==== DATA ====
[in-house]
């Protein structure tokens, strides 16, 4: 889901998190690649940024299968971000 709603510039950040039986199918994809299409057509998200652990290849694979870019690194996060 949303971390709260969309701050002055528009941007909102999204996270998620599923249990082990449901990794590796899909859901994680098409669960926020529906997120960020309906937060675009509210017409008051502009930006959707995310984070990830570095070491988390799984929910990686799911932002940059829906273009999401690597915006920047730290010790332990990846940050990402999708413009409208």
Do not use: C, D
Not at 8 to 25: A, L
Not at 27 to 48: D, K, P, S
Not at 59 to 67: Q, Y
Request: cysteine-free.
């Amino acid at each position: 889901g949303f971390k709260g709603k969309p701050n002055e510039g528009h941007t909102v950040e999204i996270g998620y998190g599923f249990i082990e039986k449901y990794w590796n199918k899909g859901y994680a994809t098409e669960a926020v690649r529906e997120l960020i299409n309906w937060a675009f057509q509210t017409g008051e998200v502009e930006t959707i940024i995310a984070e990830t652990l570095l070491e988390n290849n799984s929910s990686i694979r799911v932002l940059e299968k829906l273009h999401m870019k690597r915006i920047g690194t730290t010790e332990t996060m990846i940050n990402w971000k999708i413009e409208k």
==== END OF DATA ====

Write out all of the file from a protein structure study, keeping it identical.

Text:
[in-house]
């Protein structure tokens, strides 16, 4: 889901998190690649940024299968971000 709603510039950040039986199918994809299409057509998200652990290849694979870019690194996060 949303971390709260969309701050002055528009941007909102999204996270998620599923249990082990449901990794590796899909859901994680098409669960926020529906997120960020309906937060675009509210017409008051502009930006959707995310984070990830570095070491988390799984929910990686799911932002940059829906273009999401690597915006920047730290010790332990990846940050990402999708413009409208």
Do not use: C, D
Not at 8 to 25: A, L
Not at 27 to 48: D, K, P, S
Not at 59 to 67: Q, Y
Request: cysteine-free.
């Amino acid at each position: 889901g949303f971390k709260g709603k969309p701050n002055e510039g528009h941007t909102v950040e999204i996270g998620y998190g599923f249990i082990e039986k449901y990794w590796n199918k899909g859901y994680a994809t098409e669960a926020v690649r529906e997120l960020i299409n309906w937060a675009f057509q509210t017409g008051e998200v502009e930006t959707i940024i995310a984070e990830t652990l570095l070491e988390n290849n799984s929910s990686i694979r799911v932002l940059e299968k829906l273009h999401m870019k690597r915006i920047g690194t730290t010790e332990t996060m990846i940050n990402w971000k999708i413009e409208k």